Dark Side Enters The National Recording Registry

Today The Dark Side Of The Moon was voted into the US National Recording Registry.

The purpose of the Registry is to celebrate and preserve important sound recordings. Those deemed “culturally, historically, or aesthetically important, and/or inform or reflect life in the United States.” Recordings are selected yearly by the National Recording Preservation Board, and ‘saved’ in the Library of Congress.

This ‘legislative hall of fame’ is to safeguard America’s sound recording heritage. “Congress created the National Recording Registry to celebrate the richness and variety of our audio heritage and to underscore our responsibility for long-term preservation, to assure that legacy can be appreciated and studied for generations” – sound familiar?

Since 2002, 375 ‘sound artefacts’ have so far been installed, including: Edison’s earliest cylinder recordings; the first official transatlantic telephone conversation; the first recording of ‘The Stars and Stripes Forever’; sounds of the ivory-billed woodpecker; F. D. Roosevelt’s 1941 address to Congress; as well as Elvis, Chuck Berry, Sinatra, Jerry Lee Lewis, Johnny Cash, Marvin Gaye, Stevie Wonder, Simon & Garfunkel, R.E.M. – and now Floyd’s Dark Side.

Of particular note is that Dark Side “received the highest number of public nominations among this year’s picks“.

The 2012 National Recording Registry entries are (in alphabetical order):

  1.  “A Program of Song,” Leontyne Price (1959)
  2. “After You’ve Gone,” Marion Harris (1918)
  3. “Bacon, Beans and Limousines,” Will Rogers (Oct. 18, 1931)
  4. “Begin the Beguine,” Artie Shaw (1938)
  5. “Cheap Thrills,” Big Brother and the Holding Company (1968)
  6. “Crossing Chilly Jordan,” The Blackwood Brothers (1960)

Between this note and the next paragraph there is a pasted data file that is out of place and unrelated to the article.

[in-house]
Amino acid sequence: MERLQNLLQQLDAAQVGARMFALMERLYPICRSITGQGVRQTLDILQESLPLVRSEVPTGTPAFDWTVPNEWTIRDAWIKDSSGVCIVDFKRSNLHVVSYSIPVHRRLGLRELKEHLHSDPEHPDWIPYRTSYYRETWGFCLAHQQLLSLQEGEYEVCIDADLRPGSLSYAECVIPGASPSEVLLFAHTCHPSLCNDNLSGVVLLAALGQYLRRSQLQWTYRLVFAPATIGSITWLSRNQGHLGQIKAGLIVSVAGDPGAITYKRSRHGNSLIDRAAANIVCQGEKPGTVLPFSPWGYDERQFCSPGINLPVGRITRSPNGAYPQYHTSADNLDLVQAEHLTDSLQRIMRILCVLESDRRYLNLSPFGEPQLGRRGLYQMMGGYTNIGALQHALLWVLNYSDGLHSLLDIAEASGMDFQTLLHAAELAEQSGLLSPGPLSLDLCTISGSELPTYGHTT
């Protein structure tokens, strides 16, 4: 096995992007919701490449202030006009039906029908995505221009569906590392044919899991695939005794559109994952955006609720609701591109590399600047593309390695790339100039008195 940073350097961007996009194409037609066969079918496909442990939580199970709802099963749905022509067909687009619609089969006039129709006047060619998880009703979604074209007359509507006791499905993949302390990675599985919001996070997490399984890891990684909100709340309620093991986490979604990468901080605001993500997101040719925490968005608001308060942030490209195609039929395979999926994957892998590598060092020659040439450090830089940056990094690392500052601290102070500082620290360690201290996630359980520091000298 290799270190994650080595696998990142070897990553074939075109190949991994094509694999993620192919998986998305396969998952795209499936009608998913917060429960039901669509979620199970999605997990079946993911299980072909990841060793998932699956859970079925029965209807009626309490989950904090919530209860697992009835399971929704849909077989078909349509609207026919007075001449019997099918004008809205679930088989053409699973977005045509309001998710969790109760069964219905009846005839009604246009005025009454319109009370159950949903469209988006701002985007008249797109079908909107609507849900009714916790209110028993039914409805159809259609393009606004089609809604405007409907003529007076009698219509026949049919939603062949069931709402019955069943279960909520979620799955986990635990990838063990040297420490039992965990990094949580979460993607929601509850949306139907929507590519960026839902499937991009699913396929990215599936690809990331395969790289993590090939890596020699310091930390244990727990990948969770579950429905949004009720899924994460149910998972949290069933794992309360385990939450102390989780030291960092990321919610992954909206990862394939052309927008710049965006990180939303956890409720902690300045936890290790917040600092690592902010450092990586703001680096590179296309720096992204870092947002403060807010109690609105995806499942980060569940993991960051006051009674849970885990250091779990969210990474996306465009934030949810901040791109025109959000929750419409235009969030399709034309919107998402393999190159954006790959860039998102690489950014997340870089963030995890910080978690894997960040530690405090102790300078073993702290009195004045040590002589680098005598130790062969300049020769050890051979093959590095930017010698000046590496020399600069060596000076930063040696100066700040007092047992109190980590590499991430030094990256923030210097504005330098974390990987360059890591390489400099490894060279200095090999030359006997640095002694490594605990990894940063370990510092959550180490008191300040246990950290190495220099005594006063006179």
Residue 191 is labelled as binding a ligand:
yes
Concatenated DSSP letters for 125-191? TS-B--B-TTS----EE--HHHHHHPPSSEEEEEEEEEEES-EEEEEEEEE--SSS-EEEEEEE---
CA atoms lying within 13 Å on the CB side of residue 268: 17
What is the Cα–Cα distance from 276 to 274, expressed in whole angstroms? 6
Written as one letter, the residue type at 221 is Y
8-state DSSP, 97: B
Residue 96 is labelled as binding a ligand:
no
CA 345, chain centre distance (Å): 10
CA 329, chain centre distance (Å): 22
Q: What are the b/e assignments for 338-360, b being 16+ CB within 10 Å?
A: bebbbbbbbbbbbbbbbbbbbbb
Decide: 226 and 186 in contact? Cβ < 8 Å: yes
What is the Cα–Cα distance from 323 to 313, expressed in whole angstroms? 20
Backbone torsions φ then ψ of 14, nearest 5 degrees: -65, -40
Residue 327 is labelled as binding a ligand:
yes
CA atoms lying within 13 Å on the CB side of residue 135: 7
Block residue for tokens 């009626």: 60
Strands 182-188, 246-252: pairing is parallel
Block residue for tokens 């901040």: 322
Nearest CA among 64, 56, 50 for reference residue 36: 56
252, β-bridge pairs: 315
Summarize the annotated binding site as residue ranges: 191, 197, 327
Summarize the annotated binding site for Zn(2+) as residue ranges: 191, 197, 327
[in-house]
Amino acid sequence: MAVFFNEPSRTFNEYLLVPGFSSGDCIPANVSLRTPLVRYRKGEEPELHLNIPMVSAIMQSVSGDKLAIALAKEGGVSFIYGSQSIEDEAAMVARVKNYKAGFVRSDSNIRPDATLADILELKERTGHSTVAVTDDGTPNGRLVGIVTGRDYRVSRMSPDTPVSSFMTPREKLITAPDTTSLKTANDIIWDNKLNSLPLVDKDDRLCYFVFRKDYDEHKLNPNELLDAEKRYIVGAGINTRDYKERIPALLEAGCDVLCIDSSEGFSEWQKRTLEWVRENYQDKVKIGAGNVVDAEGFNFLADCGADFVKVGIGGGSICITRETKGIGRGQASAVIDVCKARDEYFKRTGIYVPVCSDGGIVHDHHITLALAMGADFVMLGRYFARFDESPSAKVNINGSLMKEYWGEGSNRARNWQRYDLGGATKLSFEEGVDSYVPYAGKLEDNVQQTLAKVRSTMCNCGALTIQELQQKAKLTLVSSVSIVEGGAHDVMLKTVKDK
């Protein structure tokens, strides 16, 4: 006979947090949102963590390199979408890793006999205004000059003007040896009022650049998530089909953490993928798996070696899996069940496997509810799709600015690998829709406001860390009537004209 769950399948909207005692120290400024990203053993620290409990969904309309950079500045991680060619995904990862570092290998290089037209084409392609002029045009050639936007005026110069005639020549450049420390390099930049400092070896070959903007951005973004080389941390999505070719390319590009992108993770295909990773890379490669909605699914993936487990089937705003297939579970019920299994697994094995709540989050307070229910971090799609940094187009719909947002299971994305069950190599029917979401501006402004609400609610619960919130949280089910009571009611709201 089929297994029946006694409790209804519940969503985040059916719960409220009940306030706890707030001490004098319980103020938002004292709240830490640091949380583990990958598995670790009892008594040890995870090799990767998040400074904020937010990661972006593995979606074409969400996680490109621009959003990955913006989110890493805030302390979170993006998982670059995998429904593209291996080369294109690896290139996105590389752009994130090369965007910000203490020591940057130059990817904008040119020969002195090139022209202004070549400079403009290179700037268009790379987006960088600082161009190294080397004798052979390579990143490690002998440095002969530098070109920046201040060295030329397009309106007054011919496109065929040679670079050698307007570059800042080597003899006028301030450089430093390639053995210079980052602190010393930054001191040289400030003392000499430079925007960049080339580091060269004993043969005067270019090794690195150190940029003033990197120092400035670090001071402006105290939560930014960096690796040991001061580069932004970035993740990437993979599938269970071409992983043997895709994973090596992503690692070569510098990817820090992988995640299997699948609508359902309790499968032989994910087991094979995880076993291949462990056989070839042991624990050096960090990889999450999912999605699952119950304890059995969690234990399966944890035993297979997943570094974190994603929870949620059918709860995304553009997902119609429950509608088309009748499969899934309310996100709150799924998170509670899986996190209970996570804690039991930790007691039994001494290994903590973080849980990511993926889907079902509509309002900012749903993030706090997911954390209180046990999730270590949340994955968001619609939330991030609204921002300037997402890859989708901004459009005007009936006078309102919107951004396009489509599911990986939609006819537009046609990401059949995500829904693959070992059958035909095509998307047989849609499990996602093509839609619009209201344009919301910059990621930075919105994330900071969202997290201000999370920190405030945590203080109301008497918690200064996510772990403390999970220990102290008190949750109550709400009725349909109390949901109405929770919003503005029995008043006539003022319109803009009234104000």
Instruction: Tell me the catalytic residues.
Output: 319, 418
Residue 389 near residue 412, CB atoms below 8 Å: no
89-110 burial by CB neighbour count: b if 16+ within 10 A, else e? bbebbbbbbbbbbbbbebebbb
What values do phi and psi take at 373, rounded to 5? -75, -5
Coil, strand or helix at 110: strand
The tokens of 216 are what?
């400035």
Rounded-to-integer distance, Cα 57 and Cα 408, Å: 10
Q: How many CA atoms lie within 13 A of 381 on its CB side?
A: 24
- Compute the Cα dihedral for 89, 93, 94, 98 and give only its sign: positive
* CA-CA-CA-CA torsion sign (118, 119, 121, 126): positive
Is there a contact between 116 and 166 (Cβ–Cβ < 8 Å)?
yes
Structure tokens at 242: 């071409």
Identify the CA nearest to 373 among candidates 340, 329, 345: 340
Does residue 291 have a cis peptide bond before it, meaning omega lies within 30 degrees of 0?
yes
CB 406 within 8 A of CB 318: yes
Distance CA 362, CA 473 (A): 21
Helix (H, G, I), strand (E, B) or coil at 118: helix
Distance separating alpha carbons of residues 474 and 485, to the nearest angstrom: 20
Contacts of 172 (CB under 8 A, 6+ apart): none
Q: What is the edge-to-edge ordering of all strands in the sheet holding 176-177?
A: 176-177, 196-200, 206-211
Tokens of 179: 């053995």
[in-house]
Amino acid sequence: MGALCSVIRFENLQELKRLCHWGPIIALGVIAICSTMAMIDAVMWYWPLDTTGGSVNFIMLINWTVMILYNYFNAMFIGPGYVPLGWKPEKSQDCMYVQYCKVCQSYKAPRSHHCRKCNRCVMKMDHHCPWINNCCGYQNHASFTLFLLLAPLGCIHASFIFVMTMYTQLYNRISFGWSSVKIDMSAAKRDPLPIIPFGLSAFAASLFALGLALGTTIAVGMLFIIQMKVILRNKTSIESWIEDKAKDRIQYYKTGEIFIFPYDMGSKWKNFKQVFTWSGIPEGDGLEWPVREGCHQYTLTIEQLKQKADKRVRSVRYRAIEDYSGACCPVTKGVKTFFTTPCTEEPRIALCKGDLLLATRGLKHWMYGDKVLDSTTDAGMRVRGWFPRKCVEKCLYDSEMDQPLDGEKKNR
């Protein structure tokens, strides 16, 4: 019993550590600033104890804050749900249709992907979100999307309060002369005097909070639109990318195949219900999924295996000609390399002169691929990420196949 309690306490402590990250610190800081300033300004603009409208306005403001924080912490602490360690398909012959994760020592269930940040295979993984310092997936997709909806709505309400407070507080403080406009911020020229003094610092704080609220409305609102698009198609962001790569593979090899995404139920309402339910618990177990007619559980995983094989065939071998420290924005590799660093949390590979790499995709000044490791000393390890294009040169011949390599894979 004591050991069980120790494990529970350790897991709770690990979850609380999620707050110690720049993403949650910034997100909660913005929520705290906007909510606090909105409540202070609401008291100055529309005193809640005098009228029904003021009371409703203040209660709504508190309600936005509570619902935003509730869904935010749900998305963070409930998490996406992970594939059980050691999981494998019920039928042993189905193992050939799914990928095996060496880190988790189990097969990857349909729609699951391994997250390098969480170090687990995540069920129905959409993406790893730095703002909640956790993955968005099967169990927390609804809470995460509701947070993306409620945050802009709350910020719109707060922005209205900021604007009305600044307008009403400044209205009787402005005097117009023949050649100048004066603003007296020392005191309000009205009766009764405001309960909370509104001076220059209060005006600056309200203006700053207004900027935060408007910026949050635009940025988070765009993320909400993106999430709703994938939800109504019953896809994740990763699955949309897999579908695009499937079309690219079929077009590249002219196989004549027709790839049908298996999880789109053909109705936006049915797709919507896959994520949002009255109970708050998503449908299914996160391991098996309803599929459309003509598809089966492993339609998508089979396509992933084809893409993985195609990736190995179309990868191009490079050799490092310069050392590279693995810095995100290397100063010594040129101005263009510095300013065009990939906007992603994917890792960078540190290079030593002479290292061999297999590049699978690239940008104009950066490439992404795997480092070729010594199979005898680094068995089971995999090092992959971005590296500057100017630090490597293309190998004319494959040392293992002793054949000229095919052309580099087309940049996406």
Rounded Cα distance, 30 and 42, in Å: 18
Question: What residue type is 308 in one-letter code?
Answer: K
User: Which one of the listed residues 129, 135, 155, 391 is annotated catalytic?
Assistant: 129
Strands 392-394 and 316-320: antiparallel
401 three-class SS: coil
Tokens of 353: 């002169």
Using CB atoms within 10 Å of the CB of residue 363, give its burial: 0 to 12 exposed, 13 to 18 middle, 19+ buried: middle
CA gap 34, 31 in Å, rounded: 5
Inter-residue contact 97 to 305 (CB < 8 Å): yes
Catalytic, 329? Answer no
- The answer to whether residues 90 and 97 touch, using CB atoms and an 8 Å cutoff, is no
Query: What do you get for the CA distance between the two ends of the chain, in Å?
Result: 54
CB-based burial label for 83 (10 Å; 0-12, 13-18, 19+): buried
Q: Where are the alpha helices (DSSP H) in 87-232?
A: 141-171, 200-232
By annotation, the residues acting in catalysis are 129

7. “Descargas: Cuban Jam Session in Miniature,” Cachao Y Su Ritmo Caliente (1957)
  8. “Einstein on the Beach,” Philip Glass and Robert Wilson (1979)
  9. “Hoodoo Man Blues,” Junior Wells (1965)
  10. “Just Because,” Frank Yankovic & His Yanks (1947)
  11. “Music Time in Africa,” Leo Sarkisian, host (July 29, 1973)
  12. “Old Time Music at Clarence Ashley’s,” Clarence Ashley, Doc Watson, et al. (1960-1962)
  13. “Ramones,” The Ramones (1976)
  14. “Saturday Night Fever,” The Bee Gees, et al (1977)
  15. “Sounds of Silence,” Simon and Garfunkel (1966)
  16. “South Pacific,” Original Cast Album (1949)
  17. “The Audience with Betty Carter,” Betty Carter (1980)
  18. “The Dark Side of the Moon,” Pink Floyd (1973)
  19. “The Shape of Jazz to Come,” Ornette Coleman (1959)
  20. “The Twist,” Chubby Checker (1960)
  21. “Wild Tchoupitoulas,” The Wild Tchoupitoulas (1976)
  22. “You Are My Sunshine,” Jimmie Davis (1940)
  23. D-Day Radio Broadcast, George Hicks (June 5-6, 1944)
  24. President’s Message Relayed from Atlas Satellite, Dwight D. Eisenhower (Dec. 19, 1958)
  25. Tchaikovsky’s Piano Concerto No. 1, Van Cliburn (April 11, 1958)

At #322 on the Registry’s list is the Apollo 11 broadcast from the moon by astronaut Neil Armstrong, from 21st July 21, 1969. Apollo 17’s lunar landing broadcast by Commander Eugene Cernan was used in a working version of Dark Side in Jan’73, pre-Clare Torry.

The full National Recording Registry is here.

This entry was posted in DS40, Music & Concept, Stats. Bookmark the permalink.

Leave a Reply

Your email address will not be published. Required fields are marked *